The HIV/AIDS crisis continues in sub-Saharan Africa, where nearly 70% of infections are found. Despite recent efforts to supply antiretroviral therapy to those infected, most are not receiving medication and are forced to rely on self-management to remain healthy. In Kenya, many of those infected are women living in extreme poverty. This article presents the findings of research among poor women in Nairobi that examined the relationship between knowledge of a cultural model of self-managing HIV/AIDS, cultural consonance, and health...
August 2, 2017: Medical Anthropology Quarterly
https://www.readbyqxmd.com/read/28726292/-in-visibility-online-the-benefits-of-online-patient-forums-for-people-with-a-hidden-illness-the-case-of-multiple-chemical-sensitivities-mcs
#6
Tarryn Phillips, Tyson Rees
Sufferers of medically unexplained conditions that are not observable in the clinic can experience multiple layers of invisibility: a lack of biomedical diagnosis; legal skepticism; political disinterest; and a loss of their prior social identity. For those with environmental sensitivities, this is compounded by literal hiddenness due to often being housebound. Drawing on an online survey of people with multiple chemical sensitivity, this article examines how the everyday experience of invisibility is mitigated by engaging with other patients online...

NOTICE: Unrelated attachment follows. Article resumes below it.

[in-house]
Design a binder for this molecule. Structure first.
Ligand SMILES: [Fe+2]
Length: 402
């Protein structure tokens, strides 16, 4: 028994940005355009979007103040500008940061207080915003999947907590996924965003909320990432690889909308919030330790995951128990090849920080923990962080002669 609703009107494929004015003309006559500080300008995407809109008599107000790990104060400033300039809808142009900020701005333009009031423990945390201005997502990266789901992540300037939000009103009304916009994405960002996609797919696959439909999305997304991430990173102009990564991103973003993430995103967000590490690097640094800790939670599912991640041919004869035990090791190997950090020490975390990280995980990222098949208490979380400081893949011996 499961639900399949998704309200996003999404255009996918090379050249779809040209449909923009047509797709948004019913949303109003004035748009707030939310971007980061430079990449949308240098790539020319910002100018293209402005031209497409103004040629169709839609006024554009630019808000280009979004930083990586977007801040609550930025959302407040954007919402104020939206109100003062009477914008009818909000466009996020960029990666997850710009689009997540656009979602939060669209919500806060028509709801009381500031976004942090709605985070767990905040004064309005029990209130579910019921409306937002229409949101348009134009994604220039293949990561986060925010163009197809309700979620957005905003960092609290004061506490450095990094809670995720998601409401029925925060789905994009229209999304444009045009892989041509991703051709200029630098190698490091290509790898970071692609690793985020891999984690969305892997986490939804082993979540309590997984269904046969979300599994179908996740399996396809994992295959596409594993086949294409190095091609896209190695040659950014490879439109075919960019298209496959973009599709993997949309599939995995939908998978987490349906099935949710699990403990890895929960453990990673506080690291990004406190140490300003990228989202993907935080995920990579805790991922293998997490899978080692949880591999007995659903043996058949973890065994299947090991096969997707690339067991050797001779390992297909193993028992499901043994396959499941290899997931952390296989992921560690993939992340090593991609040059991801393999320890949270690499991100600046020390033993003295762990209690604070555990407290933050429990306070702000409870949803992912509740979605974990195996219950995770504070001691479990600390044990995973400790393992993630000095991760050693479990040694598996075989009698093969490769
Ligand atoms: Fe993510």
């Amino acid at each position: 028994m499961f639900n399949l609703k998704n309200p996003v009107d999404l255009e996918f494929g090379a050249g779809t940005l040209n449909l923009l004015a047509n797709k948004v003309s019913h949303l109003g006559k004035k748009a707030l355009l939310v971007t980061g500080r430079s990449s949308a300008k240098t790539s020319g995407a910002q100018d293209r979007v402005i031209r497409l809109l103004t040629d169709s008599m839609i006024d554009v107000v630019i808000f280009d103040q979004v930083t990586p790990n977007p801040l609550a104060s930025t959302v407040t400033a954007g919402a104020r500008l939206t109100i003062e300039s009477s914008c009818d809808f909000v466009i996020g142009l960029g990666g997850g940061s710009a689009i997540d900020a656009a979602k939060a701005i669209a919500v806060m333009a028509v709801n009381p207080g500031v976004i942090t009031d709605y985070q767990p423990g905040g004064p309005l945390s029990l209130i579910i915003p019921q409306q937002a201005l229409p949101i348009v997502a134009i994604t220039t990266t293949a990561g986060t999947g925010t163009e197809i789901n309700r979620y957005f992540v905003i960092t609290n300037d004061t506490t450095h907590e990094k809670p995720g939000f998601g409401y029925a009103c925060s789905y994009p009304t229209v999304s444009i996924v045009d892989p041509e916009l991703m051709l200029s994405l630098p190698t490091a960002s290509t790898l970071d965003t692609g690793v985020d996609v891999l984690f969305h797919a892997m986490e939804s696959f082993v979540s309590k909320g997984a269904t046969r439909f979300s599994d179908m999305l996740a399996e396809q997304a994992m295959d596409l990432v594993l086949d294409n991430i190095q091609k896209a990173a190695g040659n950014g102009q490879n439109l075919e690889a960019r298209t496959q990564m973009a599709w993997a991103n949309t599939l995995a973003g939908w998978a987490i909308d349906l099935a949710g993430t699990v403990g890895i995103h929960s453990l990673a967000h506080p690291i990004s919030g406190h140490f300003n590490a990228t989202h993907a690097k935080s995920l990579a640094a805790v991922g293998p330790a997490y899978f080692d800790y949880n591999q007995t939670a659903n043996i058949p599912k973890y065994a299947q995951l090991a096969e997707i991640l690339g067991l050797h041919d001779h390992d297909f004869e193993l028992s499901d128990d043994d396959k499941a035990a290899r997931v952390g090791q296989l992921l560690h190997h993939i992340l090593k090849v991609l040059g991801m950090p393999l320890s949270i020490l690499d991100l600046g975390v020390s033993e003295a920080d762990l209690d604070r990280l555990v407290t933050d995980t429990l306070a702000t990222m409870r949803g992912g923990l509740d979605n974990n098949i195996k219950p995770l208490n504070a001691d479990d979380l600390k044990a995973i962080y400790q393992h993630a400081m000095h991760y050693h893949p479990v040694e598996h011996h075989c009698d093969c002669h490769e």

July 20, 2017: Medical Anthropology Quarterly
https://www.readbyqxmd.com/read/28556397/body-image-models-among-low-income-african-american-mothers-and-daughters-in-the-southeast-united-states
#7
Martina Thomas, Jason A DeCaro
Obesity among low-income African American women has been studied using the concepts of both satisfaction and acceptance. The satisfaction frame suggests greater satisfaction with their bodies than their white counterparts, irrespective of size. The acceptance frame suggests that alternative aesthetics serve as resistance against intersectional marginalization. Yet, while these women accept their body size in defiance of thinness ideals, they may not be satisfied. We describe cultural models of body image among mothers and daughters in Alabama...